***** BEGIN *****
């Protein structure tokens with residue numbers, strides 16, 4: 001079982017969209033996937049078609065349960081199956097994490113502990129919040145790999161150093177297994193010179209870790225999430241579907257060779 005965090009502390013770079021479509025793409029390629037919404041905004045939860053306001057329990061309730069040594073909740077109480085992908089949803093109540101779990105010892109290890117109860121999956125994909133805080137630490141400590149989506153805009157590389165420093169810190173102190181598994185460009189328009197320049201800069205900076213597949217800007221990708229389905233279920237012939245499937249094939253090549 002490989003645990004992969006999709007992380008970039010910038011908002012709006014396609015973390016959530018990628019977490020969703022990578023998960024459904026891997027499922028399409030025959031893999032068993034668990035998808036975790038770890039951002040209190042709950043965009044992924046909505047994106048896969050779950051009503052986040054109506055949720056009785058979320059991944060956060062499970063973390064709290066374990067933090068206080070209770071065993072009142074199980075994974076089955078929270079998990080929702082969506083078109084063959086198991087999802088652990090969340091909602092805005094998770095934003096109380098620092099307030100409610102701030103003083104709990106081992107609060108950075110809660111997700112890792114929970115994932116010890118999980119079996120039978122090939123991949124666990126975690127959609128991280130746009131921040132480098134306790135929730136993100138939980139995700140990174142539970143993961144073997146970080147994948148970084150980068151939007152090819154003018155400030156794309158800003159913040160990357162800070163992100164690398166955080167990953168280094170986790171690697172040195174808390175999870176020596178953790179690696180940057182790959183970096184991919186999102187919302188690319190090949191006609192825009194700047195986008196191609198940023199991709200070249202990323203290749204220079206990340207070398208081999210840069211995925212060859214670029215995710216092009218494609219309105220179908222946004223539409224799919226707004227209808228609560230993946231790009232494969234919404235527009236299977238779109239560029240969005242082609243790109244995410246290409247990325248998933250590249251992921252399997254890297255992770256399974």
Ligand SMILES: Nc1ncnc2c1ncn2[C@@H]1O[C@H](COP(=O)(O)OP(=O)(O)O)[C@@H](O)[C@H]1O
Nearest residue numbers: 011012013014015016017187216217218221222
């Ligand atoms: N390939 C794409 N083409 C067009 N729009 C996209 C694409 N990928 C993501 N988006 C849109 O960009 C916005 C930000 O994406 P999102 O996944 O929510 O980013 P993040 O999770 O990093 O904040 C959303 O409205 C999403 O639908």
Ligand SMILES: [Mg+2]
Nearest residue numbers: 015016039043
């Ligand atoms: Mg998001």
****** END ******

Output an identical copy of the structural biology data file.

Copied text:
């Protein structure tokens with residue numbers, strides 16, 4: 001079982017969209033996937049078609065349960081199956097994490113502990129919040145790999161150093177297994193010179209870790225999430241579907257060779 005965090009502390013770079021479509025793409029390629037919404041905004045939860053306001057329990061309730069040594073909740077109480085992908089949803093109540101779990105010892109290890117109860121999956125994909133805080137630490141400590149989506153805009157590389165420093169810190173102190181598994185460009189328009197320049201800069205900076213597949217800007221990708229389905233279920237012939245499937249094939253090549 002490989003645990004992969006999709007992380008970039010910038011908002012709006014396609015973390016959530018990628019977490020969703022990578023998960024459904026891997027499922028399409030025959031893999032068993034668990035998808036975790038770890039951002040209190042709950043965009044992924046909505047994106048896969050779950051009503052986040054109506055949720056009785058979320059991944060956060062499970063973390064709290066374990067933090068206080070209770071065993072009142074199980075994974076089955078929270079998990080929702082969506083078109084063959086198991087999802088652990090969340091909602092805005094998770095934003096109380098620092099307030100409610102701030103003083104709990106081992107609060108950075110809660111997700112890792114929970115994932116010890118999980119079996120039978122090939123991949124666990126975690127959609128991280130746009131921040132480098134306790135929730136993100138939980139995700140990174142539970143993961144073997146970080147994948148970084150980068151939007152090819154003018155400030156794309158800003159913040160990357162800070163992100164690398166955080167990953168280094170986790171690697172040195174808390175999870176020596178953790179690696180940057182790959183970096184991919186999102187919302188690319190090949191006609192825009194700047195986008196191609198940023199991709200070249202990323203290749204220079206990340207070398208081999210840069211995925212060859214670029215995710216092009218494609219309105220179908222946004223539409224799919226707004227209808228609560230993946231790009232494969234919404235527009236299977238779109239560029240969005242082609243790109244995410246290409247990325248998933250590249251992921252399997254890297255992770256399974």
Ligand SMILES: Nc1ncnc2c1ncn2[C@@H]1O[C@H](COP(=O)(O)OP(=O)(O)O)[C@@H](O)[C@H]1O
Nearest residue numbers: 011012013014015016017187216217218221222
């Ligand atoms: N390939 C794409 N083409 C067009 N729009 C996209 C694409 N990928 C993501 N988006 C849109 O960009 C916005 C930000 O994406 P999102 O996944 O929510 O980013 P993040 O999770 O990093 O904040 C959303 O409205 C999403 O639908």
Ligand SMILES: [Mg+2]
Nearest residue numbers: 015016039043
């Ligand atoms: Mg998001």